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Marlins object to umps watching TV
Posted: Tuesday June 01, 1999 12:08 PM
MIAMI (AP) -- Cliff Floyd's deep drive hit the top of the scoreboard, or perhaps the wall behind it, and then bounced back onto the field.
Home run? Double? Umpire Frank Pulli checked a television replay and then changed his call, much to the dismay of the Florida Marlins.
On further review, the rare role for TV helped the St. Louis Cardinals beat Florida 5-2 Monday.
Former Marlins World Series hero Edgar Renteria hit a pair of solo homers against his ex-teammates, while Kent Bottenfield pitched five innings and improved to 8-2, tying him for the National League in victories.
But the hot topic in both clubhouses afterward was Pulli's decision to consult a TV replay. The umpires changed the call twice and got it right in the end, costing Florida a run.
The Marlins played the game under protest, arguing that the reliance on a replay violated major league policy and set an unwanted precedent.
"They used video to change the call -- that's what I'm protesting," interim manager Fredi Gonzalez said.
"I didn't know instant replay was in the game," Floyd said.
There is no mention of replay in the rulebook, though umpires "do have the authority to rule on any point not specifically covered in these rules."
Pulli, whose 28 years as an umpire rank second in National League seniority, said it was the first time he had looked at a TV replay to make a call.
"I sure don't want to make a habit of it," he said. "But at that moment, I thought it was the proper thing to do."
The ruling came in the fifth inning. St. Louis led 4-1 before Floyd drove in a runner from second with his deep drive.
Floyd claimed his hit was a homer because it bounced off the facade behind the scoreboard. Second-base umpire Greg Gibson at first called the hit a double, but after the Marlins began to argue, the umpiring crew conferred briefly, and Pulli -- the crew chief and third-base umpire -- changed the ruling to a homer.
The Cardinals then protested, and the game was delayed for more than five minutes while Pulli studied replays on a TV camera near the Marlins' dugout.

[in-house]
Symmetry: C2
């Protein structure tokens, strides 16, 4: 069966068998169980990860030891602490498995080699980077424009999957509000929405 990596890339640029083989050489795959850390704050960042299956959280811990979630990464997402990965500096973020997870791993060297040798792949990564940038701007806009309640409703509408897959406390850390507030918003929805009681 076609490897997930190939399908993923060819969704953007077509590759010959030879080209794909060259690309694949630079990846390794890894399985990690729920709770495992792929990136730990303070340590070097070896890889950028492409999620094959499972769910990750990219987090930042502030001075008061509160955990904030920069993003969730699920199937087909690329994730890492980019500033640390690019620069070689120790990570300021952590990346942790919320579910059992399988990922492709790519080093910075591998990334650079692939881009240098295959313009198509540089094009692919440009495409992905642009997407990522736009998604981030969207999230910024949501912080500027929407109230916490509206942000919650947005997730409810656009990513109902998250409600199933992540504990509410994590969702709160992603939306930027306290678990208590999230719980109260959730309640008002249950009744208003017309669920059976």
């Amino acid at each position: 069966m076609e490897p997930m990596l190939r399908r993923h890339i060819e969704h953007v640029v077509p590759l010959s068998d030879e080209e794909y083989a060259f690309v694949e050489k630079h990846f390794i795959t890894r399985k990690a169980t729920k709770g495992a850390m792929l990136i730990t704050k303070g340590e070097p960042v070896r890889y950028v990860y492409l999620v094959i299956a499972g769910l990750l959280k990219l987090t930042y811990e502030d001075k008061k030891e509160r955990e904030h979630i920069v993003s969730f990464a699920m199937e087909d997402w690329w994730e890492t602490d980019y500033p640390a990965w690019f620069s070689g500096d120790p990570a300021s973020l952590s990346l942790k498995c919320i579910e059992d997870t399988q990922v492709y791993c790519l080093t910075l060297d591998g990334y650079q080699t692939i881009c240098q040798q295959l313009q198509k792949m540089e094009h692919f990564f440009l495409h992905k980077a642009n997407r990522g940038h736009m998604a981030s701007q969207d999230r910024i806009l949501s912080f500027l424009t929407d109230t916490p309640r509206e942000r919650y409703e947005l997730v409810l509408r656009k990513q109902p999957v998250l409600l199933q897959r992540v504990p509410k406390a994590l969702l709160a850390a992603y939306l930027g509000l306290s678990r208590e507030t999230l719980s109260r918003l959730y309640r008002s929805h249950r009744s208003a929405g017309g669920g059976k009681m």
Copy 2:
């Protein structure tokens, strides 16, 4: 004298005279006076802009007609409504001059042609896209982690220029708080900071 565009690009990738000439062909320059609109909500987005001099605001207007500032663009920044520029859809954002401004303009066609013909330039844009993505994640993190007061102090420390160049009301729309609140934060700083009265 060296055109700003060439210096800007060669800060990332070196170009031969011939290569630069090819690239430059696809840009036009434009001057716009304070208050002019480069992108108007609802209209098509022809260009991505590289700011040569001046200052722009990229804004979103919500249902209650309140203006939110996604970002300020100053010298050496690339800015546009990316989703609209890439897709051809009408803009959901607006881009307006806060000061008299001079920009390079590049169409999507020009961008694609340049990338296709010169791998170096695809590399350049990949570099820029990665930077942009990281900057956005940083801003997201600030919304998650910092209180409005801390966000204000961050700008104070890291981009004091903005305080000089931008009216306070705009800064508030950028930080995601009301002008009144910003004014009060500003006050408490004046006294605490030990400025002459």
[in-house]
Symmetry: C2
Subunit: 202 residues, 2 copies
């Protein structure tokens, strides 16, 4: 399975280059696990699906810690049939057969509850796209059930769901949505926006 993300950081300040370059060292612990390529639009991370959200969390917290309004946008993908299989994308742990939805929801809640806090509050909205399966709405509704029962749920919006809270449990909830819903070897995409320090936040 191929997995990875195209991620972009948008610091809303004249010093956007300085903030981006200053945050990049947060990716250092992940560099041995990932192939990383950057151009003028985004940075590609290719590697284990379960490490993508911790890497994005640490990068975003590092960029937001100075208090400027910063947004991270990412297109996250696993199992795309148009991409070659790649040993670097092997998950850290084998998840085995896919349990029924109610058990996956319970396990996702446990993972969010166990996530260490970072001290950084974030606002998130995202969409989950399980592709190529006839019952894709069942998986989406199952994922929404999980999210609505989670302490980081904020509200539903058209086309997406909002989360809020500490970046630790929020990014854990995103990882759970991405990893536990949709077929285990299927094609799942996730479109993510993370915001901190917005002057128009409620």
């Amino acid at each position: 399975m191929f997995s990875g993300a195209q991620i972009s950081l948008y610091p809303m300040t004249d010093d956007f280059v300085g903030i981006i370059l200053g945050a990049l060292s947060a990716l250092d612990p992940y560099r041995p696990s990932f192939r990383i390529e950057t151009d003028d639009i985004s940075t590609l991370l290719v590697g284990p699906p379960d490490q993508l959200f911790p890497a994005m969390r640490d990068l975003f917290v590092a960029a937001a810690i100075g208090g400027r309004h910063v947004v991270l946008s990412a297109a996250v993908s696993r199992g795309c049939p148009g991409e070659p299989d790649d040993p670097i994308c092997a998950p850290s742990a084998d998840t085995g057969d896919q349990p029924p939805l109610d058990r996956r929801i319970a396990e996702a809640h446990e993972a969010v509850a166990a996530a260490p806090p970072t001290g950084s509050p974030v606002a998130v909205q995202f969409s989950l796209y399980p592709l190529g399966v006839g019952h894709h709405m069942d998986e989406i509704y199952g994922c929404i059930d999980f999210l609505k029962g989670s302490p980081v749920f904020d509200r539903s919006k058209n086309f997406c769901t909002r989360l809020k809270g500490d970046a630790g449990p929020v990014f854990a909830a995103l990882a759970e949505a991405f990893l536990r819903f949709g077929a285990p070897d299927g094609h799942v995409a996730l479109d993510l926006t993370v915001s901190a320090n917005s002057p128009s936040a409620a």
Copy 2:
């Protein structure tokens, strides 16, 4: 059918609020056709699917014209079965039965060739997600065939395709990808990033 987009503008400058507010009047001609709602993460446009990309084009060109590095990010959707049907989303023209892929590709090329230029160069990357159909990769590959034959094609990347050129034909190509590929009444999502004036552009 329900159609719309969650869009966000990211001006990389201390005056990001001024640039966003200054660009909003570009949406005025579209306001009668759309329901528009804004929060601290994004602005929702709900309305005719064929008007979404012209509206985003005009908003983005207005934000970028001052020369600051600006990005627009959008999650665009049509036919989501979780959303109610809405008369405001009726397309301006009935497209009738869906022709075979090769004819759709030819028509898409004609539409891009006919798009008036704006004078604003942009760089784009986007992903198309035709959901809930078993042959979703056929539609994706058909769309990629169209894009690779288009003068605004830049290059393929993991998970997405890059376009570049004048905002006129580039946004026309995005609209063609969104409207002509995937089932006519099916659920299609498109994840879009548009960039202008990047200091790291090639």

"I've never seen anything like that before," Marlins general manager Dave Dombrowski said.
Pulli said he consulted the replay because he became confused about the ground rules at Pro Player Stadium. He declined to be more specific.
"A lot of things went through my mind," he said. "I hope I don't have to go to the replay again. I don't want it to become like football."
When the replay showed the ball hit about two feet below the top of the scoreboard, Pulli changed the call back to a double, and Floyd ended the inning stranded at third.
"He did end up making the right call -- with the help of the cameraman," Floyd said. "I was hoping maybe I'd get a cheap one."
Florida manager John Boles, nursing a sprained neck that has kept him out of the dugout for the past four games, watched the sequence from his office. Boles said the Marlins' protest has a chance to be upheld, in which case the game would be replayed.
"There's a precedent being set," he said. "It's a protest that has some validity."
Cardinals manager Tony La Russa disagreed.
"How much do you want to bet on that?" La Russa said. "Do you want to bet any money that this doesn't go anywhere? You can protest certain things; certain things you can't protest. It's not going to work."
La Russa said he has seen umpires rely on a TV replay before, but he couldn't specifically remember when.
"There's nothing wrong with using replay," he said. "The No. 1 priority for the umpire is to get the play right."
In the ninth inning, when Florida's Alex Gonzalez took a called strike that appeared inside, the crowd chanted, "Replay! Replay!"
The controversy managed to make Mark McGwire a footnote.
McGwire, playing in his second game since being hospitalized for 36 hours with a staph infection in his right leg, went 2-for-5 with an RBI double. With the Marlins using four outfielders, he hit a grounder through the hole, normally occupied by the second baseman, for a two-out single in the seventh.
Renteria, fondly remembered by Marlins fans for driving in the winning run in the 1997 World Series, led off the fifth inning with his second homer of the year, then homered again to start the ninth. The game was his first in Miami since being traded to the Cardinals in December.
Bottenfield, now tied with Curt Schilling and Jose Lima for the most victories in the NL, allowed seven hits and two runs in five innings. Ricky Bottalico pitched two scoreless innings for his fourth save.
Brian Meadows (4-5) allowed four runs in six innings for the Marlins. They have lost three in a row.Notes: The game drew a holiday crowd of 21,943, well below the Cardinals' road average of 33,634. ... Coming into the series, nine of McGwire's 12 career hits against Florida had been homers. ... Marlins rookie Preston Wilson went 0-for-3, ending his 10-game hitting streak. ... Renteria's only other two-homer game came July 18, 1997, for Florida against San Diego. ... The Marlins optioned LHP Brent Billingsley to Class AAA Calgary and activated RHP Archie Corbin from the DL.
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